Is the environment a “victim” of tobacco ?
By Sarah Sanusi, 2nd year medical students as part of the #TCDMedStudentInitiative on Healthy Trinity Instagram
As students, we love to gather on nights-out with friends, to get a social break from reality. Many of us may not smoke on a daily basis but will smoke socially on these occasions. Have you ever thought about the effect of that ‘one cigarette’ on the environment?
Tobacco and Deforestation
Deforestation is the second largest source of carbon dioxide to the atmosphere (approximately 20%), after fuel combustion. The tobacco industry causes 5% of global greenhouse gases through deforestation.
Tobacco and biodiversity and soil loss
Other environmental consequences include biodiversity loss, soil erosion and degradation. Tobacco contains several poisons. Soil is generally enriched with nutrients to support beautiful flowers and plants to blossom from their roots. However, tobacco crops deplete soil nutrients and roots, by absorbing more nitrogen, phosphorus and potassium than other crops. This depletion is compounded by topping and desuckering of plants, a technique that increases nicotine content. Tobacco growing decreases soil fertility and offers no soil replenishment, unlike other major crops. These long-term consequences are potentially catastrophic for countries suffering from malnutrition.
Reality of poverty linked with tobacco
Tobacco cultivation is concentrated primarily in low and middle income regions. Nine of the top ten tobacco producing countries in the world are developing countries, with four of them (India, Zimbabwe, Pakistan, and Malawi) having a low-income food deficit. There are people who need to work in these industries. They include farm workers (some of whom are child laborers), minorities and migrant workers. Many of them have no alternative but to work in the tobacco industry. In doing so, the workers are at risk of nicotine toxicity (green tobacco illness), which is caused by unprotected handling of tobacco leaves during harvest and processing. Green tobacco sickness (GTS) is caused by nicotine dermal absorption as a result of skin contact with tobacco leaves. Handling wet tobacco increases the risk of contracting various illnessess, including GTS.
Although smoking prevalence has been declining in high-income countries, global cigarette consumption has continued to rise, due primarily to an increase in smoking among young people in developing countries.
With many technical agricultural practices out of reach for small-scale tobacco growers, the only way to increase production is to clear forest land. Tobacco production and processing consumes woody biomass that may result in off-site emissions of GHGs including CO2, N2O and CH4 when burned to cure tobacco leaves in barns. The process of extracting trees also causes CO2 and non-CO2 GHG emissions. Every year, approximately 200,000 ha of forested land is cleared for tobacco cultivation . It is important to note that deforestation occurs primarily in developing countries and accounts for 2–4% of global deforestation. In 2009, about 16,505 t firewood was burned for tobacco curing in PTC (Pakistan Tobacco Companies) owned barns resulting in 543 tCO2e emissions. CH4 and N2O contributed 183 and 360 tCO2e emissions respectively.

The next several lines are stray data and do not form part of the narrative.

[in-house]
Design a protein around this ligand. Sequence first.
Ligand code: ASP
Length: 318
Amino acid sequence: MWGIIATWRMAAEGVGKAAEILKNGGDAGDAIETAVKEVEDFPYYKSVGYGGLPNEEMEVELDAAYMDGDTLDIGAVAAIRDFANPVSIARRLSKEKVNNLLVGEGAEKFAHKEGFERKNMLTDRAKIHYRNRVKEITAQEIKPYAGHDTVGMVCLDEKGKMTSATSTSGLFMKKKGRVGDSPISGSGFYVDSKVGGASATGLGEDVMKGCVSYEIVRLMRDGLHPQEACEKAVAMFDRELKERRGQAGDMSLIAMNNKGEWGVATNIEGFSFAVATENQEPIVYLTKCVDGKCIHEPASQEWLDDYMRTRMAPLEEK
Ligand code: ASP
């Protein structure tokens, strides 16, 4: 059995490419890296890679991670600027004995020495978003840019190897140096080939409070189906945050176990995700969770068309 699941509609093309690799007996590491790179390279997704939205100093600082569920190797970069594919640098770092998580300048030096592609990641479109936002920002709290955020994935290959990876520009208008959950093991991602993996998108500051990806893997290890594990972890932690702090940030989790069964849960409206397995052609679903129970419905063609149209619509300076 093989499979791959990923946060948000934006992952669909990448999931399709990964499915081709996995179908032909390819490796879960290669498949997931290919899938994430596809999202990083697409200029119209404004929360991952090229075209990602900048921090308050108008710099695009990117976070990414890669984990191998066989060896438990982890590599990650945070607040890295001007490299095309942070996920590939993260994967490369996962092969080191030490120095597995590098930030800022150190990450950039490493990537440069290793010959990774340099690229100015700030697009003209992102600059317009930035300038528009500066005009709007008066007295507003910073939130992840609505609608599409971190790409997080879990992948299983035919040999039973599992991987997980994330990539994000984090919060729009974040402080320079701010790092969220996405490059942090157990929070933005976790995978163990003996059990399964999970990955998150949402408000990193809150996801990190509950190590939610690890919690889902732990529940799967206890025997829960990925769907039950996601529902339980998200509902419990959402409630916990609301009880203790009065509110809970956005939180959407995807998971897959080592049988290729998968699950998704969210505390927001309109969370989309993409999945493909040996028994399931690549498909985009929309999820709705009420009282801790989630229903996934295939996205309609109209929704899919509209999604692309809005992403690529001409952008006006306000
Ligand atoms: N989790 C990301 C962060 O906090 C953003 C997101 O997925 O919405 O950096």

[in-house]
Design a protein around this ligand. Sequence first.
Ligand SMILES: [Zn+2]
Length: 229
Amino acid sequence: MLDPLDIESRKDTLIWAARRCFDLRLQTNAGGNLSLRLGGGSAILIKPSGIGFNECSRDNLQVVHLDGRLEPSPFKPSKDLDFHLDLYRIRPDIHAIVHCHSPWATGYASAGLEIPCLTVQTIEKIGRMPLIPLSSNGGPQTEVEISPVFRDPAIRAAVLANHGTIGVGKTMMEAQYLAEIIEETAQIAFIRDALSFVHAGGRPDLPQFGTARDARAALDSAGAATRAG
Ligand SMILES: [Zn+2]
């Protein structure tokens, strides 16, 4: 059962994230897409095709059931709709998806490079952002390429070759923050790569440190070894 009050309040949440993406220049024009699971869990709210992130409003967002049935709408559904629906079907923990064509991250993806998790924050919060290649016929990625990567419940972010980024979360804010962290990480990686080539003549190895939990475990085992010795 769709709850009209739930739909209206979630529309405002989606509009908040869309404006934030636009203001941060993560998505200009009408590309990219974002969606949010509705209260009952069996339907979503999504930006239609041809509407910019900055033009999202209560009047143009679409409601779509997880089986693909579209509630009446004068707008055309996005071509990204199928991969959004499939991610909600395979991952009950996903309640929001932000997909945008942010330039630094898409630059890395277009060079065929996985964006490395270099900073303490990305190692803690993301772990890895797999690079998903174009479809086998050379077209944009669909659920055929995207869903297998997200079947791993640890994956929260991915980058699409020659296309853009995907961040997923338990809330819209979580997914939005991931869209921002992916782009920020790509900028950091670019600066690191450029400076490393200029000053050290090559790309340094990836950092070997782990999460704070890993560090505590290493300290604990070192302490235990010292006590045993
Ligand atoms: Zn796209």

Air pollution and tobacco
Direct emissions from tobacco contribute to tens of thousands of metric tons of known human carcinogens, toxicants, and greenhouse gases in a single year. Cigarette smoking alone (not to mention vaping) contributes to the emission of 2,600,000 tonnes of Co2 and approximately 5,200,000 tonnes of methane in the air each year globally.
So what can you do about it?
1. By not smoking, even on a night out with friends. Every night out when you resist a cigarette, reward yourself. Not smoking is a climate action!
2. Be part of the solution. Take a stand. Encourage your friends and families to quit.
3. By educating yourself and others, we can all help promote awareness of the truth about the tobacco industry not only to our environment but our fellow human beings
This video I created on campus highlights the damage smoking does to the environment
Previous Campaigns Summary
The Healthy Trinity initiative was established in 2014 by the Tobacco Policy Committee to implement Healthy Ireland. Its focus is on all health promotion, not just tobacco. Some examples of Healthy Trinity campaigns undertaken by Trinity students and staff are below. If you have ideas for others, email Martina on firstname.lastname@example.org